Buyer Mistakes

10 Most Common Buyer Mistakes


1.  Not knowing how much house you can afford.  Many novice homebuyers spend a lot of time researching homes-comparing kitchen layouts and backyard square footage-but very little time researching their financing options.  One of the first things buyers should do is talk to a qualified lender and get preapproved for a mortgage. Without first figuring out how much house you can afford, you risk falling in love with one you can’t have.

2. Assuming foreclosures are great deals.  Just because the previous owner owed $450,000 on a house before the bank took it over doesn’t mean it’s worth that much now.  Values have slipped significantly, so you may not be getting the bargain you think with a foreclosure.  Also, most homes owned by lenders or banks have been sitting vacant for months and may have been vandalized.  That could require extensive renovation or repair.  Weigh the costs of fixing up the property against the savings you’ll likely reap by buying a lower-priced foreclosed home.

3. Letting your true feelings show.  No matter how much you’ve fallen in love with a house, don’t let the seller’s agent in on it.  Otherwise he will gain the upper hand in negotiations.

4. Failing to find a good buyers agent.  Landing a mortgage is tough these days. So buyers should rely heavily on knowledgeable agents to help them get their finances in order. After all, buyer’s agents have a fiduciary responsibility to the buyer exclusively-and should be looking out for his best interests.  Consider using an agent recommended by a relative or a friend or someone who specializes in the area with a proven track record.  Interview the candidates about their experience; ask if they’ve worked with first-time buyers before and what kind of service you’ll get from them.

5. Underestimating the costs of owning a home.  Whether it’s a rusty pipe or a leaky roof, things go wrong and need to be fixed.  Many homeowners don’t anticipate the additional costs for repair and maintenance, or for an increase in utility costs.  Consider the age of your new home and how well it’s been treated by the previous owners.  In your budget, be prepared to set aside a small percentage (1% at most) of the home’s purchase price annually for repairs and upkeep.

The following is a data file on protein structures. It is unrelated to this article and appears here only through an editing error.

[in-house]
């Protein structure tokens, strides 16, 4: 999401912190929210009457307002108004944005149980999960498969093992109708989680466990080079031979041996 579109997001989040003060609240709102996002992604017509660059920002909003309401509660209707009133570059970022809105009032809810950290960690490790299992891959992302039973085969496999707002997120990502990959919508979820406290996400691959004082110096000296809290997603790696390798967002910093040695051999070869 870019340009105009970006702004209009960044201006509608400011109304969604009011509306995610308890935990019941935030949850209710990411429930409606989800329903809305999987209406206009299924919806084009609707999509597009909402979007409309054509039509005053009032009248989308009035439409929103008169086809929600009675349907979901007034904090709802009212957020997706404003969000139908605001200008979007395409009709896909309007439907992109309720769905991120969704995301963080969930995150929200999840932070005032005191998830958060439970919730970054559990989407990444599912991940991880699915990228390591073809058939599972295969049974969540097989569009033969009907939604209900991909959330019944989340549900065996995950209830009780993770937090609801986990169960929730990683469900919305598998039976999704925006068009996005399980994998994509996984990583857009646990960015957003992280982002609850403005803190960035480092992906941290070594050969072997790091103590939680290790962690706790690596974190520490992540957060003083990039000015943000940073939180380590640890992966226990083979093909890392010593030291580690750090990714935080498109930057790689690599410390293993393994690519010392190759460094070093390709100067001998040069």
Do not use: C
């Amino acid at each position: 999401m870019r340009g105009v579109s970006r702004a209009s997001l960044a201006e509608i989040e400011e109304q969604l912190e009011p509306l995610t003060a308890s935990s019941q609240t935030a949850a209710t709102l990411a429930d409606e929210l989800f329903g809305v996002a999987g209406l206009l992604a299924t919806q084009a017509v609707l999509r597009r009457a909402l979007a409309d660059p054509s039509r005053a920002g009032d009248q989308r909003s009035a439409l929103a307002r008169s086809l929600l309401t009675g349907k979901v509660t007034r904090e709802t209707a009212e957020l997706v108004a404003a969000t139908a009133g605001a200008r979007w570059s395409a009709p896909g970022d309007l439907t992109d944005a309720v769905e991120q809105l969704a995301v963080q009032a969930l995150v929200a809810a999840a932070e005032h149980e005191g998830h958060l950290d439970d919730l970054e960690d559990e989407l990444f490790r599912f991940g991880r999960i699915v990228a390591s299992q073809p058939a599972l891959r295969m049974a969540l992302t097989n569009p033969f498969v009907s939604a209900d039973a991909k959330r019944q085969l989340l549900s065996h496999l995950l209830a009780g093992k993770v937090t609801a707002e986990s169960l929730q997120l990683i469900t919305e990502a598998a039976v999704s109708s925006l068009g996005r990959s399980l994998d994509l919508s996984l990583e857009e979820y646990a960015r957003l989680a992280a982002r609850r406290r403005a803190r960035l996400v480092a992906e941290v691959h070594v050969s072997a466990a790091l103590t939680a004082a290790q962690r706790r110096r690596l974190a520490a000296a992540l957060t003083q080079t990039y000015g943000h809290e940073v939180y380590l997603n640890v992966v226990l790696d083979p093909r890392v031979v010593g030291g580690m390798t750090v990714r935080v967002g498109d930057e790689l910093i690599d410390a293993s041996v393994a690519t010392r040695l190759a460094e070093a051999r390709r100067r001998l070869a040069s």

6. Failing to budget for property taxes.  Property taxes-and the likelihood that they’ll climb over the course of your time in the house–should be factored into any home buying budget.  To get an idea of how much you’ll be paying, call the local assessor’s office.

7. Assuming your first offer will get accepted.  As home prices get even more affordable, competition is bound to heat up.  “You can’t assume you’ll walk in there, make the offer and get it,”  Try not to get discouraged if you lose out on the first–or second house you make an offer on.

8. Skipping the inspection.  As a major part of your offer it must include a contingency for a home inspection, hire a professional inspector.  The seller isn’t likely to tell you there’s mold in the basement or the walls are poorly insulated.  Buyers should find and hire their own inspector. Ask for referrals from friends, family or co workers who you know have had a good experience with their inspectors.

9. Doing too much too fast.  Some buyers want to make the house their own right away.  They overextend themselves on credit to do so, and assume the improvement will pay for itself by increasing the home’s value.  But that’s not always the case–especially in today’s market.  Instead, buyers need to exhibit patience and make changes over time.

10. Failing to include a contingency clause in the contract.  A mortgage financing contingency clause protects you if, say, you lose your job and the loan falls through or the appraisal price comes in lower than the purchase price.  Should one of these events occur, the buyer gets back the earnest money they used to secure the property.  Without the clause, they can lose that money and still be obligated to buy the house.